Take the 2-minute tour ×
Stack Overflow is a question and answer site for professional and enthusiast programmers. It's 100% free, no registration required.

Using aspnet mvc2 with the model auto-generated by entity framework:

Is it possible to tell entity framework to auto-annotate all fields? eg:

If database field says not null then add [Required] If DB field is a nvarchar(x) then add [StringLength(x)]

And so on?

What if the field name contains the string "email" eg CustomerEmail - can I get EF to auto-annotate that with an appropriate annotation ([Regex()] maybe)

As I understand it, if the model fields are annotated, and I use both Html.ValidationMessageFor() and use if (ModelState.IsValid) in my controller, then that is all I need to do to have basic clientside input validation working?

Thanks

share|improve this question
    
possible duplicate of stackoverflow.com/questions/2330573/… –  Craig Stuntz Apr 28 '10 at 12:59
    
Yes, its a duplicate - I didn't see the older question because its question and tags are too vague. The answer in that question hasn't helped either. –  JK. Apr 28 '10 at 21:17

2 Answers 2

up vote 1 down vote accepted

I am not aware of any automatically generated attributes.

As I understand it, if the model fields are annotated, and I use both Html.ValidationMessageFor() and use if (ModelState.IsValid) in my controller, then that is all I need to do to have basic clientside input validation working?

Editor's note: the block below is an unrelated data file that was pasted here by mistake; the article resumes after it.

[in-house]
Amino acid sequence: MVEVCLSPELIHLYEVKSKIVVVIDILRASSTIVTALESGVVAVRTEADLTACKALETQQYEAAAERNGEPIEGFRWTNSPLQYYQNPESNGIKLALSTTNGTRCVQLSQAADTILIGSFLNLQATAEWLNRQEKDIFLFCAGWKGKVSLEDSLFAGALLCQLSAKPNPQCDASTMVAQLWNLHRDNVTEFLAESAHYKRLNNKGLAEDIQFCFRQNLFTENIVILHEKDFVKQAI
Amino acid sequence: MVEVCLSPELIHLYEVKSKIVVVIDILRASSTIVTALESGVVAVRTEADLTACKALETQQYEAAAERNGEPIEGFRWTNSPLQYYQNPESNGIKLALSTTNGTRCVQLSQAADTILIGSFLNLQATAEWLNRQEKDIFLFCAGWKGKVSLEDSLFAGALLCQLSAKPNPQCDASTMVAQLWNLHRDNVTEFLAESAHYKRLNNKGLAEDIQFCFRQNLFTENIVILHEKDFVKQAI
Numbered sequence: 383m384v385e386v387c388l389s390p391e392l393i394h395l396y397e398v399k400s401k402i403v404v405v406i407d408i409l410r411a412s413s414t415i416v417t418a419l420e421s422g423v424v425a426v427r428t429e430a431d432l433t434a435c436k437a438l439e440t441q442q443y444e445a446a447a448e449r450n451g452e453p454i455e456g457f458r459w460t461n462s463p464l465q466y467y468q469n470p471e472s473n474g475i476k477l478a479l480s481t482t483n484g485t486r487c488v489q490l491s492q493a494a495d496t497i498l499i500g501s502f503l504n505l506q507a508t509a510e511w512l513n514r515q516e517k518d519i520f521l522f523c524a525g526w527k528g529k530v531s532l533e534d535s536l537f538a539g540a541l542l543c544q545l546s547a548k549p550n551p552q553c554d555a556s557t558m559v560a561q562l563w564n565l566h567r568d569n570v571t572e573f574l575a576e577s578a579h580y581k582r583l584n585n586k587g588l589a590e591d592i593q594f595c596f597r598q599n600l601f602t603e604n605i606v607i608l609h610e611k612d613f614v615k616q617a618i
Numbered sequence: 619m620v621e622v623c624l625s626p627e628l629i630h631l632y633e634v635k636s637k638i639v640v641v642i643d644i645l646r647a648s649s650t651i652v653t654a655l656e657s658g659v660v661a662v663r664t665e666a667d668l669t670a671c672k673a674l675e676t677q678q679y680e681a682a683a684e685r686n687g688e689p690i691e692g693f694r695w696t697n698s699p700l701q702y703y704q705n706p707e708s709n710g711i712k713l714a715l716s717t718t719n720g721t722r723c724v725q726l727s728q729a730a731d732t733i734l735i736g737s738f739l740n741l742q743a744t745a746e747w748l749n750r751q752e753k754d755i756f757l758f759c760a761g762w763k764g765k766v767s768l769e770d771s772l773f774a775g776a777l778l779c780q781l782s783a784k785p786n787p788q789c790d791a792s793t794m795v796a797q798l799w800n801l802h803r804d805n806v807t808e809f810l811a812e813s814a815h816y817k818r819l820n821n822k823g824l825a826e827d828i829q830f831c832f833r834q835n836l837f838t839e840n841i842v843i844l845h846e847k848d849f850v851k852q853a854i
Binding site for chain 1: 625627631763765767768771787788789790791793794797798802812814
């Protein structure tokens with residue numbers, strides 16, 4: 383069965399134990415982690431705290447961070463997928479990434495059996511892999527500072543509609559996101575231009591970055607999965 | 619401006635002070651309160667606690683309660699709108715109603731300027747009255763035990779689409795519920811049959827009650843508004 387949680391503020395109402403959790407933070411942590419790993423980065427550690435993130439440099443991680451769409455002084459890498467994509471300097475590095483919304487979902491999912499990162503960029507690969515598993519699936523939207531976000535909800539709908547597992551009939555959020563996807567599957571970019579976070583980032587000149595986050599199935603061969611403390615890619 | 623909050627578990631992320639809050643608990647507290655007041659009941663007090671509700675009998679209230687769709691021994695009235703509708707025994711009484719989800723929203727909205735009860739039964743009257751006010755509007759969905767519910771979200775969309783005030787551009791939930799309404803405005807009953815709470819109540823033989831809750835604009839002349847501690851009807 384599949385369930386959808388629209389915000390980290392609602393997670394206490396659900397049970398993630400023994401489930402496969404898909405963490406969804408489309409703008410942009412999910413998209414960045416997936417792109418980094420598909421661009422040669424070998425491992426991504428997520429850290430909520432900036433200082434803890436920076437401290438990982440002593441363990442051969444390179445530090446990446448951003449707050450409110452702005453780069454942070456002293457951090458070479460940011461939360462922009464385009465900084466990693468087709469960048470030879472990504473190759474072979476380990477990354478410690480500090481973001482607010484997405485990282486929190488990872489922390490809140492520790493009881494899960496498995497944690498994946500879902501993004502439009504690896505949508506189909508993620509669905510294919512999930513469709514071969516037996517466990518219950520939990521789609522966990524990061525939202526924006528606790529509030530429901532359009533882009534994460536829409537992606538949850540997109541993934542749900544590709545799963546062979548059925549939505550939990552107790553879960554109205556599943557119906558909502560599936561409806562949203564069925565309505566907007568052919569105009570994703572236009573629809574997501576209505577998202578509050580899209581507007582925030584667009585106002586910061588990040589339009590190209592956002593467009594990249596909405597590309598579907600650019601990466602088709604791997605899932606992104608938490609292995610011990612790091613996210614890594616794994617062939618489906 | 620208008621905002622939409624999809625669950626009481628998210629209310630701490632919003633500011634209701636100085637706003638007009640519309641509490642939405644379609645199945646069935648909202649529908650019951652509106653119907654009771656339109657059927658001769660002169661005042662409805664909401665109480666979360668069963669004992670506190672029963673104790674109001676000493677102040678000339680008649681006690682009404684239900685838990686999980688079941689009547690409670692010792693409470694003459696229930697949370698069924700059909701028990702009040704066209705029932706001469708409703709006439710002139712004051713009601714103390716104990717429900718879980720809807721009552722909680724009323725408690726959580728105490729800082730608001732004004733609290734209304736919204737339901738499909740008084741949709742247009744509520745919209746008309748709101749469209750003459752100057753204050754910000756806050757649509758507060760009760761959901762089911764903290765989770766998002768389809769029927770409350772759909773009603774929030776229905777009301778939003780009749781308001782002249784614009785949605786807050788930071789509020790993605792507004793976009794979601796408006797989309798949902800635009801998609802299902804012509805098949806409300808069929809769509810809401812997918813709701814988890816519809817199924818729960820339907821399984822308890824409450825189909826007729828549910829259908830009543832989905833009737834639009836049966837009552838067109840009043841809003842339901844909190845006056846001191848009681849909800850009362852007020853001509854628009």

That is correct. http://bradwilson.typepad.com/blog/2009/10/aspnet-mvc-2-templates-part-2-modelmetadata.html

share|improve this answer
    
Its seems like it would be such a common requirement. Eg The field in the database is nvarchar(20), so you would expect to be able to somehow be able to get an automatic annotation of [StringLength(20)]. To have to manually type the annontation for each and every field would be very wrong. –  JK. Apr 28 '10 at 21:31
    
I saw your new blog post weblogs.asp.net/rajbk/archive/2010/05/04/… solving this problem .. thanks a lot and +1 :) –  JK. May 4 '10 at 22:27
    
JK, the post is an early attempt. For example, you cannot make any changes to the auto generated fields. You could copy the generated class into another class but you have to do the extra work of making sure your classes are in sync. –  Raj Kaimal May 4 '10 at 23:11

in jQuery, you can run through every object in a page. If it's client side validation you're looking for, you can use jQuery's field validation.

share|improve this answer
1  
With 50+ tables and many hundreds of fields, any solution must be automatic. It would be wrong to manually type any code when the database already contains the metadata describing if the field is required, the field length and so on. –  JK. Apr 28 '10 at 21:19
    
you can separate these fields from one another by applying classes to the objects. for say, you search every input field there is, then locate if this field has, let's say, a "chumbawamba" class name in it. –  Martin Ongtangco Apr 29 '10 at 1:16

Your Answer

 
discard

By posting your answer, you agree to the privacy policy and terms of service.

Not the answer you're looking for? Browse other questions tagged or ask your own question.